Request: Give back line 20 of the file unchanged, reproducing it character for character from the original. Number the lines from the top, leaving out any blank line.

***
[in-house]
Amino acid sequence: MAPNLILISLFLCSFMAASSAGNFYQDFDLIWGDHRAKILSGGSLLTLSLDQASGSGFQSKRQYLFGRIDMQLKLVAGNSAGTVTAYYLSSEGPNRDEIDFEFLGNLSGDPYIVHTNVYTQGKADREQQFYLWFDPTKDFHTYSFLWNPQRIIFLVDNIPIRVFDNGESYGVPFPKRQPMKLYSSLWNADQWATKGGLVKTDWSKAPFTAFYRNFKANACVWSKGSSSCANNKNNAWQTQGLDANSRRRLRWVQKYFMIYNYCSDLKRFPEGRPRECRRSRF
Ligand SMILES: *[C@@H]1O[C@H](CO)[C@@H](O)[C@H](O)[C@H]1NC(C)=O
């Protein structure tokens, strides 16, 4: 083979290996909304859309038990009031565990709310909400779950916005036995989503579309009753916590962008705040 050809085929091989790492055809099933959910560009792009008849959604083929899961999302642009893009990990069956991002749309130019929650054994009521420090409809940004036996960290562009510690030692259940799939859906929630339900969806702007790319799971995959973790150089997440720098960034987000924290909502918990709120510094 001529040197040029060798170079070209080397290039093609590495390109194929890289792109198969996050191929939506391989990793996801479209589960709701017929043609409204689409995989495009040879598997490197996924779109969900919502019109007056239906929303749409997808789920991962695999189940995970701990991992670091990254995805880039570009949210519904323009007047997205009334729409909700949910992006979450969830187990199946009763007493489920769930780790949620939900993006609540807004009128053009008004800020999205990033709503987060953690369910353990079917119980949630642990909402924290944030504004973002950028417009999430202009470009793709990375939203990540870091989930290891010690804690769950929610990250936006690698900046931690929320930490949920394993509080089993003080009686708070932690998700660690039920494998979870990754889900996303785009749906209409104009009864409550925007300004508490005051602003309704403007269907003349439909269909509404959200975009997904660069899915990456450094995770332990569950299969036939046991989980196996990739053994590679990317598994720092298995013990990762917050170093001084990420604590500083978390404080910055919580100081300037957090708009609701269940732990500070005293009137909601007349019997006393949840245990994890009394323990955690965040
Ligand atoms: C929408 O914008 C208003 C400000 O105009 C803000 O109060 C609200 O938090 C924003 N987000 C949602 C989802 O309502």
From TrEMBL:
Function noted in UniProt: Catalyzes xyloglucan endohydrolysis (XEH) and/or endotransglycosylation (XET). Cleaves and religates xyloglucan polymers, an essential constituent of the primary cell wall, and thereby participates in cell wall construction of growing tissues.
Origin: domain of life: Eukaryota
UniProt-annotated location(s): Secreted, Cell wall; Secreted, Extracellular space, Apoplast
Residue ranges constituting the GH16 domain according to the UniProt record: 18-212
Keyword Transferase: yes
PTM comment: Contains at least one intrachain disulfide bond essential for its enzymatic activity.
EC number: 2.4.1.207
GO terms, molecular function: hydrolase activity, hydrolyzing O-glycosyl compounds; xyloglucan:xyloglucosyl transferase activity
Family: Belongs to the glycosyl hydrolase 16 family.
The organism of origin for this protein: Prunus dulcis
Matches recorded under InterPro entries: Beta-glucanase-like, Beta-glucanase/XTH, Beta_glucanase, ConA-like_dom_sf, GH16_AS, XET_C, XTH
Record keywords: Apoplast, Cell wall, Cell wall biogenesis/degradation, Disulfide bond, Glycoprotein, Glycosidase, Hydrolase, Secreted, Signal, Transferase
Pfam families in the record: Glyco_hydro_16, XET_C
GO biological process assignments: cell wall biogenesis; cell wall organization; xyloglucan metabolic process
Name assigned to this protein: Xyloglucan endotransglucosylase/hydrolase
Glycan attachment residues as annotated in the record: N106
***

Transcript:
GO biological process assignments: cell wall biogenesis; cell wall organization; xyloglucan metabolic process